MPs to probe possible connection between some sports and long-term brain trauma

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A UK parliamentary investigation into potential links between sport and long-term brain injury has been launched.

MPs on the Digital, Culture, Media and Sport committee will call witnesses to examine the issue, starting from next Tuesday.

It comes at a time when legal actions across football and both rugby codes are being considered or have been launched, and follows the 2019 FIELD study which found professional footballers were three and a half times more likely to die of neurodegenerative disease than age-matched members of the population.

England 1966 World Cup winner Sir Bobby Charlton’s dementia diagnosis was confirmed last year, while four other members of the team – Nobby Stiles, Jack Charlton, Martin Peters and Ray Wilson all suffering with dementia at the time of their deaths.

DCMS committee chair Julian Knight said: “This inquiry will consider scientific evidence to link sport with the incidence of long-term brain injury.

“We will look particularly at what role national governing bodies should be taking and their responsibilities to understand risks involved for players and what actions might be taken to mitigate them.

“We’re seeing a number of cases involving brain injury in sport likely to reach the doors of our law courts and we will also look at the implications for sport in the longer term of any successful legal claim.”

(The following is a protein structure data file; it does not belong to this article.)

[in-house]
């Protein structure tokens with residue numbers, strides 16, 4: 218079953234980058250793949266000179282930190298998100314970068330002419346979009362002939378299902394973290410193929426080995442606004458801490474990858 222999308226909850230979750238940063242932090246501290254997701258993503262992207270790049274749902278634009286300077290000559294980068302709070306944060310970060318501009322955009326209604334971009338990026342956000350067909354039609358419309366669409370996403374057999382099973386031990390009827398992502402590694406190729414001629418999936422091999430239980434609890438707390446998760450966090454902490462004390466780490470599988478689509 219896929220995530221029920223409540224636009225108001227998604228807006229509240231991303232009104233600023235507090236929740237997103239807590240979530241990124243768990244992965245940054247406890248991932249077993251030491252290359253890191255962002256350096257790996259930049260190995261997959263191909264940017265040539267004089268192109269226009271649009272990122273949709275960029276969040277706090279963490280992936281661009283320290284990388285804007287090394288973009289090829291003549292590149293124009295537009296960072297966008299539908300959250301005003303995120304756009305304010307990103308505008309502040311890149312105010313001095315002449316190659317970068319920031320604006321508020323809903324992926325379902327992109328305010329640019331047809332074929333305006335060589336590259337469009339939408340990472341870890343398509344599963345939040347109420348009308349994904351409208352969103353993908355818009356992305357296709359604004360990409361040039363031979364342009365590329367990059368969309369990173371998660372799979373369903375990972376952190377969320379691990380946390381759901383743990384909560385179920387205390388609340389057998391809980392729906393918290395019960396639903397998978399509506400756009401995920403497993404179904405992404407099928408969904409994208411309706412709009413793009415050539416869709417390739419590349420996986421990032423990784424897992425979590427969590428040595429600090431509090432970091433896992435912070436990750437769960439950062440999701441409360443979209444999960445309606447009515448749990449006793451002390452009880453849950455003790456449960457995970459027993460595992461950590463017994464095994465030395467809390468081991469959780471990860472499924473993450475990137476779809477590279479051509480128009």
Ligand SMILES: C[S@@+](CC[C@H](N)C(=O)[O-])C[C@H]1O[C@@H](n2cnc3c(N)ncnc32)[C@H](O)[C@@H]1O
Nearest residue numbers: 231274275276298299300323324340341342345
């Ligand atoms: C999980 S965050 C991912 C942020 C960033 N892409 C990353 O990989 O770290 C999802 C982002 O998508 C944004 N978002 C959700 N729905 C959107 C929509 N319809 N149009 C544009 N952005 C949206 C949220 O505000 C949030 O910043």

England manager Gareth Southgate has joined a study into the injuries

Some players have also launched an action against World Rugby, the Rugby Football Union and the Welsh Rugby Union. It is backed by former England international Steve Thompson who is suffering from early onset dementia. He says he has no recollection of winning the World Cup with his country in 2003.

Similar actions are being considered in football and rugby league.

The Football Association and the Professional Footballers’ Association are funding further studies to examine any connection between playing the game professionally and neurodegenerative disorders, with England manager Gareth Southgate part of a study being conducted by the London School of Hygiene and Tropical Medicine.

One of the lead academics on that study, Professor Neil Pearce, told the PA news agency last month that organisers were still looking for around 100 further participants. Any PFA members aged 50 or over would be eligible, he said.

Sports minister Nigel Huddleston said: “Encouraging progress is being made in our understanding of head injuries in sports with the significant research that is under way.

“With the clear commitment to work together shown by all governing bodies and health professionals, I am confident we will make swift progress in improving the welfare of our present and future sports stars.

“Now is the time to form a coherent approach – to prevent the risk and potentially devastating impact of head injuries at elite and grassroots level, and protect the sports we love.”



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